New loans in China surged to a record high in January — and analysts say it could be a sign that government stimulus is "finally kicking in," which may be good news for the economy.
The world's second-largest economy expanded 6.6 percent in 2018, the slowest growth in 28 years.
The slowdown was in part due to official efforts to reduce alarmingly high debt levels which started three years ago. Clamping down on credit, in particular non-traditional forms of lending known as "shadow banking," suppressed economic activity and pushed growth lower.
But the onset of the tariff war with the United States and the pace of the slowdown forced a rethink. Last year, authorities began taking steps to encourage banks to lend more, cut taxes and support small- and medium-sized companies.
Bank loans and total social financing — the country's broadest measure of credit — rose to a record high in January, according to China's central bank on Feb. 15.
New yuan loans hit 3.23 trillion yuan ($481.76 billion), while total social financing — which measures loans and bonds among other things — reached 4.64 trillion yuan. Those numbers took analysts by surprise.
The credit growth "indicates that the PBoC's easing efforts are finally kicking in, as liquidity is passed on from financial institutions to the real economy," Bank of America Merrill Lynch said in a note the day the data came out.
Jian Chang, chief economist for China at Barclays, said that credit has expanded "quite significantly" and she expects economic growth to pick up in the second-quarter, after bottoming out in the current first quarter.
Such a scenario depends on "more policy easing from the Chinese government," Chang told CNBC on Tuesday — a view echoed by other economists who say the government will likely accelerate stimulus to boost economic growth.
However, some analysts disagree. They say that a close reading of the recent credit numbers tells a more nuanced story and that it's too early to call an end to the growth slowdown.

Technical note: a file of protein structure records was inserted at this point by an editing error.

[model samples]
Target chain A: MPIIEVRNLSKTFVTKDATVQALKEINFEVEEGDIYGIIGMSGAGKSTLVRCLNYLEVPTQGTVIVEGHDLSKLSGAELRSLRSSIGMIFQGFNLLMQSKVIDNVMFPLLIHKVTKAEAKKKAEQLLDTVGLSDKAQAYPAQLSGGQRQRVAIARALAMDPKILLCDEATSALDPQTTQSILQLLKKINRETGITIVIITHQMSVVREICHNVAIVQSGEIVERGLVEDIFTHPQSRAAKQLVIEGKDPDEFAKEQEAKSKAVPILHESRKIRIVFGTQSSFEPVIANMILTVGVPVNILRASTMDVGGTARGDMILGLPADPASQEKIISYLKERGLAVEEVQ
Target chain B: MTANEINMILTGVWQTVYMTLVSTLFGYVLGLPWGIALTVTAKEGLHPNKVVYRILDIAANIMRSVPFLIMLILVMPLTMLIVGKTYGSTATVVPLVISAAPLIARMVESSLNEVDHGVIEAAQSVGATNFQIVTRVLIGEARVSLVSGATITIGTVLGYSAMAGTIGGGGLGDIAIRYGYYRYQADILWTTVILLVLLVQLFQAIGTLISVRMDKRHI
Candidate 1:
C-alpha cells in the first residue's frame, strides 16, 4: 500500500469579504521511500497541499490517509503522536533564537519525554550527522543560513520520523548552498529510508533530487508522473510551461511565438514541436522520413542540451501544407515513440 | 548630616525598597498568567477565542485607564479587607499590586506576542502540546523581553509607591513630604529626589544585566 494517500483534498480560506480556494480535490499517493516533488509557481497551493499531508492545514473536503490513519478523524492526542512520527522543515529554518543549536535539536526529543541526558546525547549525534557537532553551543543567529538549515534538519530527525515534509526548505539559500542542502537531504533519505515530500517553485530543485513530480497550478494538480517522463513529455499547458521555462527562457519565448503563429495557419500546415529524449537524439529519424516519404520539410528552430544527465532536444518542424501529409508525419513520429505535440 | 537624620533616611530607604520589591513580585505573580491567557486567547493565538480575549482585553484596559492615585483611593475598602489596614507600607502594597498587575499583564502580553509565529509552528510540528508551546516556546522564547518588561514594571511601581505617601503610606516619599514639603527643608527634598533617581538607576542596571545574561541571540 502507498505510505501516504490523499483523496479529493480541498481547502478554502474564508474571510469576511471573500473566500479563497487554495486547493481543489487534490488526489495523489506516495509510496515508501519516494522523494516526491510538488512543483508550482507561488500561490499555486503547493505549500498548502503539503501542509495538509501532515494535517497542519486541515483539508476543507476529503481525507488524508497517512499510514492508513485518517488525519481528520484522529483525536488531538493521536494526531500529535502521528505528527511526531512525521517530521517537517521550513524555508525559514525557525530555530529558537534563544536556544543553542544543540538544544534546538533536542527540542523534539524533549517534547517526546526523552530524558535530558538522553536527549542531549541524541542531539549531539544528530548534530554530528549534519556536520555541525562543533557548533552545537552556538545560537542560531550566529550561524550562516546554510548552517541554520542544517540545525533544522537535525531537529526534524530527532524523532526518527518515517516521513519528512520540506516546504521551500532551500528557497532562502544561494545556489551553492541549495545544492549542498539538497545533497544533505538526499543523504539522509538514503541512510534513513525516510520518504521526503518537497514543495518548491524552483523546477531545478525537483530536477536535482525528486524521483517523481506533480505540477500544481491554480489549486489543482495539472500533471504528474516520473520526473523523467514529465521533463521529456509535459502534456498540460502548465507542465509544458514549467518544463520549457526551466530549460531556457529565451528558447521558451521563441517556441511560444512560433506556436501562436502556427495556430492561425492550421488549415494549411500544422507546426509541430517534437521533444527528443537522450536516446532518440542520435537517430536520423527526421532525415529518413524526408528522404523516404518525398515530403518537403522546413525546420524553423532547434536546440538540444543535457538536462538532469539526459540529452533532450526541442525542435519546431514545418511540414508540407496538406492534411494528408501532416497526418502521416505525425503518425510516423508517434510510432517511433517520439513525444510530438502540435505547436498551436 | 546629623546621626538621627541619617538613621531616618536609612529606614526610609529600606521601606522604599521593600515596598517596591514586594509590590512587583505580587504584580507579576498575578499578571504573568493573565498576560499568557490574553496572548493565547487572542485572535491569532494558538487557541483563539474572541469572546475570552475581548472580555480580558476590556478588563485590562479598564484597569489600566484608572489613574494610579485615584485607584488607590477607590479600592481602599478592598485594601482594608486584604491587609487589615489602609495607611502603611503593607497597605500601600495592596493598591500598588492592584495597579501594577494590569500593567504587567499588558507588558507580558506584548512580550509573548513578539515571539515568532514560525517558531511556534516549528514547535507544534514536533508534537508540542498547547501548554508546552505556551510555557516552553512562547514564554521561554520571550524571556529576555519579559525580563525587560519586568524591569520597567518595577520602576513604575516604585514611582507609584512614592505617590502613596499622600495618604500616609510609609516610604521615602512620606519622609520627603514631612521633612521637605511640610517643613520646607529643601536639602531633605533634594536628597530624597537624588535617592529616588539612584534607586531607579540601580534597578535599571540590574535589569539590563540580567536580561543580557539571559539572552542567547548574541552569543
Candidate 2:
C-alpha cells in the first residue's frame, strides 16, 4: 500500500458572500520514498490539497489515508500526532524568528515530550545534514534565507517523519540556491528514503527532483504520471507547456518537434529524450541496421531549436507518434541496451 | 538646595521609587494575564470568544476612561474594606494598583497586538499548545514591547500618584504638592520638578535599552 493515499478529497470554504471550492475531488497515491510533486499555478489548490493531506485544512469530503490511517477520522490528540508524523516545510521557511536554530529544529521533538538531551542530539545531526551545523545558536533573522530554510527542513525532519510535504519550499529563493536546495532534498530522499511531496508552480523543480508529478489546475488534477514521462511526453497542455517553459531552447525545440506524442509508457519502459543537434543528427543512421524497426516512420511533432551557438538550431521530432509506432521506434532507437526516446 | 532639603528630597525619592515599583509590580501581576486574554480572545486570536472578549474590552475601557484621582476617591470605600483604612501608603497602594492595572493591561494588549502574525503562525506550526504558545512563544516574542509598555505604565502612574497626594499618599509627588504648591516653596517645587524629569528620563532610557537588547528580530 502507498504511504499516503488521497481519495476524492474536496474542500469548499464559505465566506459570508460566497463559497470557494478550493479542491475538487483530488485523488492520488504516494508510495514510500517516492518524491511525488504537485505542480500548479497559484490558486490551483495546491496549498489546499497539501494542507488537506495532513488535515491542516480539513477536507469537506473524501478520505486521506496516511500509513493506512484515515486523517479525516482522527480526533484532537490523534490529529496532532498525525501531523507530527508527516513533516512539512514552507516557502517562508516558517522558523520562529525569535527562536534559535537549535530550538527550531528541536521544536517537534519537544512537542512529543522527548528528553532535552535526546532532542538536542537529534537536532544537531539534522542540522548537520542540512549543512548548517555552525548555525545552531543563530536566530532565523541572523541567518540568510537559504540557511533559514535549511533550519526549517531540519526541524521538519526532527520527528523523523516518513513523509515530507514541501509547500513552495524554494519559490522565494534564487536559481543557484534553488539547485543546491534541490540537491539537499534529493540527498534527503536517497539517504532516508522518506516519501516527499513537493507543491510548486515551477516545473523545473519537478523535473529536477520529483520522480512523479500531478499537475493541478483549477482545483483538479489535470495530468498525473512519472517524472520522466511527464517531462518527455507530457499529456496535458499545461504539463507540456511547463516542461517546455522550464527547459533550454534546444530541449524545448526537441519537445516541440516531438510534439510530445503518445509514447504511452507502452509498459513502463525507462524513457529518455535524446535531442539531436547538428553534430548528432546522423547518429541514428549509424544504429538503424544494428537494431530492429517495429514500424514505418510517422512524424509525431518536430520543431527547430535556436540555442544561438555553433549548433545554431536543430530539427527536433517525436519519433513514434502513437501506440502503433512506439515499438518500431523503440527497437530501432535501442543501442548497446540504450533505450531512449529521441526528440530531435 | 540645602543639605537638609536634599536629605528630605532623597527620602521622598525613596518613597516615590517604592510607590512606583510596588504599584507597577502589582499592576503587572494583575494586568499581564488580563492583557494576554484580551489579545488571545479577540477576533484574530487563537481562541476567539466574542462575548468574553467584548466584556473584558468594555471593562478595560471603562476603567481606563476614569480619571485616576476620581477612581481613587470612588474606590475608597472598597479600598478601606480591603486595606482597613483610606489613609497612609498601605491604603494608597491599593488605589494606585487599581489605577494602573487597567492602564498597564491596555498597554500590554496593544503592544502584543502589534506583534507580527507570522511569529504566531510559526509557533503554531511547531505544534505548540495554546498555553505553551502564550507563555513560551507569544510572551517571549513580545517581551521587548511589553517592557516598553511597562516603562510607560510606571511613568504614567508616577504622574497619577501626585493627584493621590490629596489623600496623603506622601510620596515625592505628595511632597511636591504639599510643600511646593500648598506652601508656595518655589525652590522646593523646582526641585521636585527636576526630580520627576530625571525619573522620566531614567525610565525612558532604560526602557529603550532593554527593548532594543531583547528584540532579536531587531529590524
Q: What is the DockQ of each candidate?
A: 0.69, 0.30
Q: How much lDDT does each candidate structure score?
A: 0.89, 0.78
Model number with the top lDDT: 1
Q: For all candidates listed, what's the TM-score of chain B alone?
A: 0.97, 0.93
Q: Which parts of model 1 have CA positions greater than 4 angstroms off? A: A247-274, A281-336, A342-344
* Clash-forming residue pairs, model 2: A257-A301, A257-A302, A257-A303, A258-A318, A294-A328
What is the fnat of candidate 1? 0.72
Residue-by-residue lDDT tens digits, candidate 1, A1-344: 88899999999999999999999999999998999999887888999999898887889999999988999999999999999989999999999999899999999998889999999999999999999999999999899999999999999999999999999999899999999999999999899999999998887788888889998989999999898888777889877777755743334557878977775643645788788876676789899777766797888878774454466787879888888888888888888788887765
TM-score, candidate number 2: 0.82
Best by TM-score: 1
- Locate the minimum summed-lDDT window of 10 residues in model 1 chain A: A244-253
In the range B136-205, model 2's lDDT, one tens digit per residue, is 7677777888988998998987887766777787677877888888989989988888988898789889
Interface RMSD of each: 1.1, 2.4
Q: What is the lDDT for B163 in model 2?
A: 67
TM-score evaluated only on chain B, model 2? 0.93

High levels of debt in a slowing economy mean that some borrowers are taking up new credit to pay off existing loans "instead of funding real economic growth," Japanese financial firm Nomura said in a note Tuesday.
"Moreover, with dual export and property market downturns, we struggle to see how real demand for credit will increase meaningfully," it said.
China is one of the world's most debt-burdened economies, which was what prompted authorities to crack down on loans.But with the economic slowdown, analysts and investors say authorities had little choice but to spur lending, in a bid to pump money back to the economy — despite the risk of increasing debt.
"We think near-term, it's good. But long-term, it is going back to the original problem actually," Kelly Chung, senior fund manager at investment firm Value Partners in Hong Kong, told reporters Thursday.
Louis Kuijs of Oxford Economics says he expects authorities to do their best to proceed prudently, as Chinese officials "don't want to be seen as 'overdoing' the stimulus and don't want to jeopardize the achievements in terms of containing leverage and reducing financial risks."
In a note Thursday, Kuijs said he thinks recent stimulus efforts that appear to be taking effect, combined with a "modest increase" in debt this year, will be enough for economic growth to bottom out in the second quarter.